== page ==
Teaching children to read

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I ran the item over the scanner. “Peanut butter—four-thirty-five.”

After the machine read the checkout amount, I paused. We have lost so many things over this last year, and this felt like a symbol of much of it.

I thought about when I was a boy, and the first time I could remember going with my mom to the grocery store. I was only about three, and I walked along holding onto the edge of the shopping cart. I felt I was too big to ride in it. Besides, I had a new baby brother who claimed that space.

I felt amazed at the size of the store. It was the biggest building I had ever been in. That store today would fit in the checkout area of a typical department store, but back then, it was the biggest commercial building in town besides the theater. As we shopped, I felt a small child’s wonderment seeing three brands of soap, four kinds of cereal, and two types of peanut butter. I thought it had to be the most amazing store in the world.

When we got in the checkout line, the lady ahead of us turned around. She greeted my mother by name and asked about our family.

“Well, if you can believe it,” my mother replied, “our oldest son is now in high school.”

“Wow!” the lady said. “Time really flies. I remember when you and your husband had just gotten married. How many children do you have, now?”

My mom pointed at my baby brother, who was cooing and trying to stick his whole fist into his mouth. “This is our ninth.”

“Oh, my goodness,” the lady said, patting my little brother like he was a lump of bread dough, “aren’t you the cute little one.”

My mother and the lady talked until it was the lady’s turn to checkout. When it was our turn, the checker also greeted my mother by name. My mother smiled. “Bob, you aren’t usually up here at the checkout stand.”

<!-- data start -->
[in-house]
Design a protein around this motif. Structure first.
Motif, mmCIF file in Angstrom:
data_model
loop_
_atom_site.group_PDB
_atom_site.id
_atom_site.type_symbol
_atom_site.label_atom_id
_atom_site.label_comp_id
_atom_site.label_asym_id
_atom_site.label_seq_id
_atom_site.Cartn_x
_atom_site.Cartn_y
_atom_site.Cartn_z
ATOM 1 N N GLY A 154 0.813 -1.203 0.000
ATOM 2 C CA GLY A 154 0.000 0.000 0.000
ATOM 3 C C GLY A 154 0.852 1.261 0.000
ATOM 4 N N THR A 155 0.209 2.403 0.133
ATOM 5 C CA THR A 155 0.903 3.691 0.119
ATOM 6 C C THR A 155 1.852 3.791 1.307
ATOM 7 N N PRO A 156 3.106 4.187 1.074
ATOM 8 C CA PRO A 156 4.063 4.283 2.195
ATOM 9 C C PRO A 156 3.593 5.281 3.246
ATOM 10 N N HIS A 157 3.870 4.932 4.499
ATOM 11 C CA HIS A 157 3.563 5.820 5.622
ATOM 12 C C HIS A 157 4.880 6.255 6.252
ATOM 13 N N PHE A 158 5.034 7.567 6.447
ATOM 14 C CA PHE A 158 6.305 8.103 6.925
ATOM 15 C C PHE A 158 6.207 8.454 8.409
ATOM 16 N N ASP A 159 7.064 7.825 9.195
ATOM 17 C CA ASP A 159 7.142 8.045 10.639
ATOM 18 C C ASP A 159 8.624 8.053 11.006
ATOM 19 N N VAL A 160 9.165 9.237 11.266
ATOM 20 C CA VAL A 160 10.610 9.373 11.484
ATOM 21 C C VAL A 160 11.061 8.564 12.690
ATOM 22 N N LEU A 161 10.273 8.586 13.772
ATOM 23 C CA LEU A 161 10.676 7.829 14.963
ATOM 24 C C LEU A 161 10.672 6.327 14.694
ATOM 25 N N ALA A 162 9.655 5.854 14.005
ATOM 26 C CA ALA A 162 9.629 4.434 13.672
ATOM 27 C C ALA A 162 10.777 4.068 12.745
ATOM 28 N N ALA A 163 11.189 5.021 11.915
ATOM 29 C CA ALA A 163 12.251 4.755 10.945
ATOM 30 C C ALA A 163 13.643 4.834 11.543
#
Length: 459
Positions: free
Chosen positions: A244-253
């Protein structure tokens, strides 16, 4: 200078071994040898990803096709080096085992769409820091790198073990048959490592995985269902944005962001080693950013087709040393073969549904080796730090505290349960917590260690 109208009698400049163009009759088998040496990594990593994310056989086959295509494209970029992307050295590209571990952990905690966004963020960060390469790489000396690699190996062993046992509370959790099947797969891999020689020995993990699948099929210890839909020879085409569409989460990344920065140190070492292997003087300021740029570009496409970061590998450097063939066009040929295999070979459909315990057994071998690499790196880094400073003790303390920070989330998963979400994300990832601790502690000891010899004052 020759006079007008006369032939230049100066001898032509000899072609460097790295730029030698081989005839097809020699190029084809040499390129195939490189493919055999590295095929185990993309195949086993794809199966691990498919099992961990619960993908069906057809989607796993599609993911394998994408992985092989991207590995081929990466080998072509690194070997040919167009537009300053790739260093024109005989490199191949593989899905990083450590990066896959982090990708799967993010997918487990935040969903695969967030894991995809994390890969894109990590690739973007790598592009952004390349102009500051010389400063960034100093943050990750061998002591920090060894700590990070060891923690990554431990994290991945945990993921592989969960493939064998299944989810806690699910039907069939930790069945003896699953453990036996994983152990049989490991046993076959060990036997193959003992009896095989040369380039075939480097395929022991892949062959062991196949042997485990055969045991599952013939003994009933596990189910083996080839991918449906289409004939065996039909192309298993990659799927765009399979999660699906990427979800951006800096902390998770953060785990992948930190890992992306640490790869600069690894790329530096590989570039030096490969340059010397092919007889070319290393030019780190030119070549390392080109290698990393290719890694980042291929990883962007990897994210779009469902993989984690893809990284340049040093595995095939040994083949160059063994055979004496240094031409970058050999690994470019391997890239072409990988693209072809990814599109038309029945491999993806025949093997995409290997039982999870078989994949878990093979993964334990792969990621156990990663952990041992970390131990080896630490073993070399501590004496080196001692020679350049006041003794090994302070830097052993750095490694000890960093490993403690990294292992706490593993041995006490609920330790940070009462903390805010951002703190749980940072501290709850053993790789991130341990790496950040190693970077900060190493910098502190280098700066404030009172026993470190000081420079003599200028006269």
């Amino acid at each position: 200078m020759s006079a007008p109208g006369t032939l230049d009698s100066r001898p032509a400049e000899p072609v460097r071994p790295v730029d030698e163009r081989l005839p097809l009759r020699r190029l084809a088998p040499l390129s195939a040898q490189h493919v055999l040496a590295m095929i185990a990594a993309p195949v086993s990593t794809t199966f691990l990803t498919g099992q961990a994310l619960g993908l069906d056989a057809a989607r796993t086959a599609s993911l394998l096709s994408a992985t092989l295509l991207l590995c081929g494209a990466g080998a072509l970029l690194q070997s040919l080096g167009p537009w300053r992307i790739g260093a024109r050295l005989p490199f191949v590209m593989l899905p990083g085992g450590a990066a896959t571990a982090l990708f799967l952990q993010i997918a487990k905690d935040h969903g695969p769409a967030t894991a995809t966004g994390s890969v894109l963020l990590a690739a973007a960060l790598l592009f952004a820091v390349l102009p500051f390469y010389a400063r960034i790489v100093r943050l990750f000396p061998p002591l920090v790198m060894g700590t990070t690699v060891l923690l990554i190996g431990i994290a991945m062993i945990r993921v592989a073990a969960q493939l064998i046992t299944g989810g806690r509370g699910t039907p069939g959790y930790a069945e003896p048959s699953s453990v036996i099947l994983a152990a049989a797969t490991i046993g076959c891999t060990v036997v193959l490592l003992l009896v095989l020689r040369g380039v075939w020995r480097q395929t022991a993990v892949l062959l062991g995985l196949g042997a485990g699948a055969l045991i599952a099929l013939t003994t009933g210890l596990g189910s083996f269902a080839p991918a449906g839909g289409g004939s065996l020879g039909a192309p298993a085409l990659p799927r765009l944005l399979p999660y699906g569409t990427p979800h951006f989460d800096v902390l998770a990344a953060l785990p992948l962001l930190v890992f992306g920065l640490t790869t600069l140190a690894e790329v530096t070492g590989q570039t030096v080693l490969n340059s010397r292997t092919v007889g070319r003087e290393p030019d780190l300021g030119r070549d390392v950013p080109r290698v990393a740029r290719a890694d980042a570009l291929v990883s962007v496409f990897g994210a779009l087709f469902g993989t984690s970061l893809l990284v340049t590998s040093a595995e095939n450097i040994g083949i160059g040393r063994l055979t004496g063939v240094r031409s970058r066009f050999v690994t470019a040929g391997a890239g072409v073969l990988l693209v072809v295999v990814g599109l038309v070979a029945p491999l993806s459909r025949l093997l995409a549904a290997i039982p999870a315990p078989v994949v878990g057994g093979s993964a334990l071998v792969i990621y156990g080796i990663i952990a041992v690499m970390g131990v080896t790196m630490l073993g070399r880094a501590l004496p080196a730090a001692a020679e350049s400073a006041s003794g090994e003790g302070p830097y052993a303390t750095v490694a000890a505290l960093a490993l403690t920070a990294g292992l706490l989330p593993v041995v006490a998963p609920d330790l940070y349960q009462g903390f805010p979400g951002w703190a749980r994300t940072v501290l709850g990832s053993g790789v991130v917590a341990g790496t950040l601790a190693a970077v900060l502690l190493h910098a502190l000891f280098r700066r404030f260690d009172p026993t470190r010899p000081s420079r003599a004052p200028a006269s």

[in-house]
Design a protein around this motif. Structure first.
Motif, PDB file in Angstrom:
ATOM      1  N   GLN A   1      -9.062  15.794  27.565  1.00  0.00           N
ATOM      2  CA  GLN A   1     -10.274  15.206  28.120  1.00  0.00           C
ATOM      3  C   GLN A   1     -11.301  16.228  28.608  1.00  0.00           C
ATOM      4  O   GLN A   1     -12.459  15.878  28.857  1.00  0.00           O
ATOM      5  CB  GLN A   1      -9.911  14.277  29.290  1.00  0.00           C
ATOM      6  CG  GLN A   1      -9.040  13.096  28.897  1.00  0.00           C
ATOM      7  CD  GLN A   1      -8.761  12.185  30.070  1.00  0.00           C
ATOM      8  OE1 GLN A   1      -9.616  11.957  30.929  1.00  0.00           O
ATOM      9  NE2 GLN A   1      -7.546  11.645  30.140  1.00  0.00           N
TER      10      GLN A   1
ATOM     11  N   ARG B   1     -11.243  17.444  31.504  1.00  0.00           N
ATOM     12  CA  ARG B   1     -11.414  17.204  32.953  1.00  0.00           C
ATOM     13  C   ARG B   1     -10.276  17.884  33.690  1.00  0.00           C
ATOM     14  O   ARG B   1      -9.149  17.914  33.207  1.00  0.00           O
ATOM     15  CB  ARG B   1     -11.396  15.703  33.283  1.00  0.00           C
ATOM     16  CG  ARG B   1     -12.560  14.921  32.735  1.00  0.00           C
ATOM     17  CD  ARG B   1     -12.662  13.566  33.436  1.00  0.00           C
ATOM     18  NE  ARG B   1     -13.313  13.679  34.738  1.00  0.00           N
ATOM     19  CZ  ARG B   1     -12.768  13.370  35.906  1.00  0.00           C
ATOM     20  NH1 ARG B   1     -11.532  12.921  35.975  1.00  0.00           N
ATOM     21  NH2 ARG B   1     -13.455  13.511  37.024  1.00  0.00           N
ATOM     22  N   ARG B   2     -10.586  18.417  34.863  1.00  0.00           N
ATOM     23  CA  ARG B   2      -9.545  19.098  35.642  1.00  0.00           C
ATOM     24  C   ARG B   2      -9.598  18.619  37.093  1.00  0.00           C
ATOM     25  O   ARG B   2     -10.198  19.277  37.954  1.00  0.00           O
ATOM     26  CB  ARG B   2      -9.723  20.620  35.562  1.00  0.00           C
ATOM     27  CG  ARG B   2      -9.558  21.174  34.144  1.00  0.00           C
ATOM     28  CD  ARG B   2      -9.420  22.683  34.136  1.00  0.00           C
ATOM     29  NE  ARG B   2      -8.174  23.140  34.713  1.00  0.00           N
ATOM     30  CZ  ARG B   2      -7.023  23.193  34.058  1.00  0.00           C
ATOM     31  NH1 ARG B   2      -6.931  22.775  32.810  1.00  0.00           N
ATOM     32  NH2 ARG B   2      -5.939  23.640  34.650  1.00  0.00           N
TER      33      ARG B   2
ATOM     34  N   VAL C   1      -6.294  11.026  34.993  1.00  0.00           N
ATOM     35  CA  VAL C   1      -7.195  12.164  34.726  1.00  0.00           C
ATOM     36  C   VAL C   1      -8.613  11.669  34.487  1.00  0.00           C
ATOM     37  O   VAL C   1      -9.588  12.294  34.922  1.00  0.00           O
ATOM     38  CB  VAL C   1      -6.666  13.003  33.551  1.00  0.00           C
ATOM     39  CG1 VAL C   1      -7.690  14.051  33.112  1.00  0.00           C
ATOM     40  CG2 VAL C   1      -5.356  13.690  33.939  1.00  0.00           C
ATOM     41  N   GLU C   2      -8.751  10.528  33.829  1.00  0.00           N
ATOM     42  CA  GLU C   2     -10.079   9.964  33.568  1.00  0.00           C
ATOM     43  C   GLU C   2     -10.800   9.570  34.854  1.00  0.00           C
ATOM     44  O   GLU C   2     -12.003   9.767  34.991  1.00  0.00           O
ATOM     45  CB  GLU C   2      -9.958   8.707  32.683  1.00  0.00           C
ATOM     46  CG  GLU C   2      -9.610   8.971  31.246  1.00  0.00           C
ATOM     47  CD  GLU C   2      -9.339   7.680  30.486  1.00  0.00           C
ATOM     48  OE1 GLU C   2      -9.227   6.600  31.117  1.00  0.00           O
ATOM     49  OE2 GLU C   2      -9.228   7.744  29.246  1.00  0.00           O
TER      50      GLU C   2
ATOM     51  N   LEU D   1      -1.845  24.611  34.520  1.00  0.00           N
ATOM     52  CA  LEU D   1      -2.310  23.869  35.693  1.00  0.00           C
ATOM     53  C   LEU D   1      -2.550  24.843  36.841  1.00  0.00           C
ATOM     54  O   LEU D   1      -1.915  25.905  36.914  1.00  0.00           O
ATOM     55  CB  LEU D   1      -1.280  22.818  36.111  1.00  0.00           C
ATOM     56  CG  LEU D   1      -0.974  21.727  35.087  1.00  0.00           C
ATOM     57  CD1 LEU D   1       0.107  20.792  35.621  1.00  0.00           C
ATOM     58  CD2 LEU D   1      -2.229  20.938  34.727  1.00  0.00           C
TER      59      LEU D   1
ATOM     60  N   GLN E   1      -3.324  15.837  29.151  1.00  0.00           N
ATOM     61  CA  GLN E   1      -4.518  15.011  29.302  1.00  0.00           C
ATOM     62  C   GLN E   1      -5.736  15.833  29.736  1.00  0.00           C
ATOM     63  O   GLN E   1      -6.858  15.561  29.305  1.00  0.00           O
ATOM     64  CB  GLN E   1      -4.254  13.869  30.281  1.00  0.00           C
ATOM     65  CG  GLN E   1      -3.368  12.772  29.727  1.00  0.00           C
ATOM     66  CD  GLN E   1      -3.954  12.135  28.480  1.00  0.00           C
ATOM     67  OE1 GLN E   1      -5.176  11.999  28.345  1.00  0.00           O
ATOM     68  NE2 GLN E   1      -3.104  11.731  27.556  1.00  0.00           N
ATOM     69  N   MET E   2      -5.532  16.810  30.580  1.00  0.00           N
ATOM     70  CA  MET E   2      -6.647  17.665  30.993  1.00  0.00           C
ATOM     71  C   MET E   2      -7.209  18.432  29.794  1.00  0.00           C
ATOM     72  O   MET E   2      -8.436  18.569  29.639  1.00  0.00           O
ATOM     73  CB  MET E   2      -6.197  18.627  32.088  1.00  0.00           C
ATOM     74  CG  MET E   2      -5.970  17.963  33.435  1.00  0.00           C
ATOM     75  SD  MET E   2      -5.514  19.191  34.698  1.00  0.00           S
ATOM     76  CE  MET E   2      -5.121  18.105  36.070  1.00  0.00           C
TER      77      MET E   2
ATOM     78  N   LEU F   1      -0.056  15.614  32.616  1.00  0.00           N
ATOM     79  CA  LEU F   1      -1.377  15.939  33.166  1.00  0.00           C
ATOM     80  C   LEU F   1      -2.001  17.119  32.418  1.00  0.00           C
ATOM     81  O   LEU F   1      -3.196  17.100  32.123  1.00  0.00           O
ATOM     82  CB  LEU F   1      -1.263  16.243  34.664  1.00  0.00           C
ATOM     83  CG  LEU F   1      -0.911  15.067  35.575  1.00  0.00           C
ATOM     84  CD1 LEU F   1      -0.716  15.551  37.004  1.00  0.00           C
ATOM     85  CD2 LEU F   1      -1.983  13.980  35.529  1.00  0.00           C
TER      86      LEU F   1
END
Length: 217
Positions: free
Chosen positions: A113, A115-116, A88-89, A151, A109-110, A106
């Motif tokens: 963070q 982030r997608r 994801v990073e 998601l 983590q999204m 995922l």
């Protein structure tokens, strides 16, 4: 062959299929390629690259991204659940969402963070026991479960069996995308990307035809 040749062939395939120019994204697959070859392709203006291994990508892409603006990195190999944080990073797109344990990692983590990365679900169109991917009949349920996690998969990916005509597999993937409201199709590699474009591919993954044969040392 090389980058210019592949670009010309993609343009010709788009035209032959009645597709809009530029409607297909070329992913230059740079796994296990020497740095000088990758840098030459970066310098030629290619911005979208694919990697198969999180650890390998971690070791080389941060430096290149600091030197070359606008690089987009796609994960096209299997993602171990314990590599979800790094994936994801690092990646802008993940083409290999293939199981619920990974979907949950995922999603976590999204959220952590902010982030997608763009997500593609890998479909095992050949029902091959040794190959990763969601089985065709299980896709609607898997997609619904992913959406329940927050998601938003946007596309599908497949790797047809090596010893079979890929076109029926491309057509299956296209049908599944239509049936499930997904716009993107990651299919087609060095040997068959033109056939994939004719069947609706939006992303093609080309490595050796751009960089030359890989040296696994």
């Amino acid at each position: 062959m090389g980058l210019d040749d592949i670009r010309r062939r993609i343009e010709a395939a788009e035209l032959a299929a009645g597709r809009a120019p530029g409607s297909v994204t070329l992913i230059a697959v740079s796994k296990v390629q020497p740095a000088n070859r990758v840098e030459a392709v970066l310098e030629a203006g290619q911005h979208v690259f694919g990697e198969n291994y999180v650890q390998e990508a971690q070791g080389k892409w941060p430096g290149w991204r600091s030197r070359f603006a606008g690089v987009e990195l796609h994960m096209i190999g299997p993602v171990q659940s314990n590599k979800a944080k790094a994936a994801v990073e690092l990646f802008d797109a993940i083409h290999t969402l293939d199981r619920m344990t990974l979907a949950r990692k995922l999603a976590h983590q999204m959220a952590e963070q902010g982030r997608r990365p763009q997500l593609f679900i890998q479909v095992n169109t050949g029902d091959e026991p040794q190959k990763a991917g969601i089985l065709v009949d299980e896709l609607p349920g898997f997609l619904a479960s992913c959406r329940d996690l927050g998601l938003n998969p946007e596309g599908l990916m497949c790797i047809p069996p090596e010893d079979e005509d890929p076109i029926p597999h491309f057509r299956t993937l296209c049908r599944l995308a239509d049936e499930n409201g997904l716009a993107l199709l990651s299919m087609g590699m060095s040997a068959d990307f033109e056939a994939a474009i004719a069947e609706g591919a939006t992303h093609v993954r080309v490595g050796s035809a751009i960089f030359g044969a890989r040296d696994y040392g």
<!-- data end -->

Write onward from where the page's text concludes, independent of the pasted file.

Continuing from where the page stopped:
Bob nodded. “True. But Anita is in the hospital having a baby.”

They visited the whole time Bob punched each item’s price into the machine and then put it into a paper bag. After Mom finished paying, Bob handed her a sucker. “This is for your little helper,” he said, smiling at me.

Growing up in that small town, I knew every checker, and they knew me. At one point, Jason, one of the young men that bagged groceries, got sick. Jars were put on the checkout stands, and everyone put in their spare change. Jason was a cheerful, positive young man, and everyone loved him. The jars filled up repeatedly.

After lots of operations and many prayers, Jason started to recover. Everyone was relieved when he returned, even though he was thin and still weak from his ordeal. And Jason decided it was his turn to give back to those who had supported him. He made lots of personal notes with kind thoughts and slipped them into the customers’ bags at the checkout. He did that until he could no longer work, and the original health problem took him from us.

Over the years, the communities I have lived in have gotten bigger, and so have the stores I have shopped at. Even so, when I have checked out, I have tried to connect with the checker, the person behind me in line, or the person ahead. Maybe it’s nothing more than a friendly word or a smile at a young child in the shopping cart.

But Covid has taken much of that. Many orders are now online. And when we do shop at a store, the masks have covered our smiles. Still, I have tried to make some semblance of kinship through muffled talk through a mask.

So, when one of the biggest local department stores went to mostly self-checkout, I felt I, and possibly others, have lost even more. Yes, it is faster, but going through life at high speed does not always yield the happiest results. The machine announcing the price of the item doesn’t care how anyone feels, if their children are in high school, or if someone is sick.

I guess we will all have to try even harder to find different ways to connect with people in our community.

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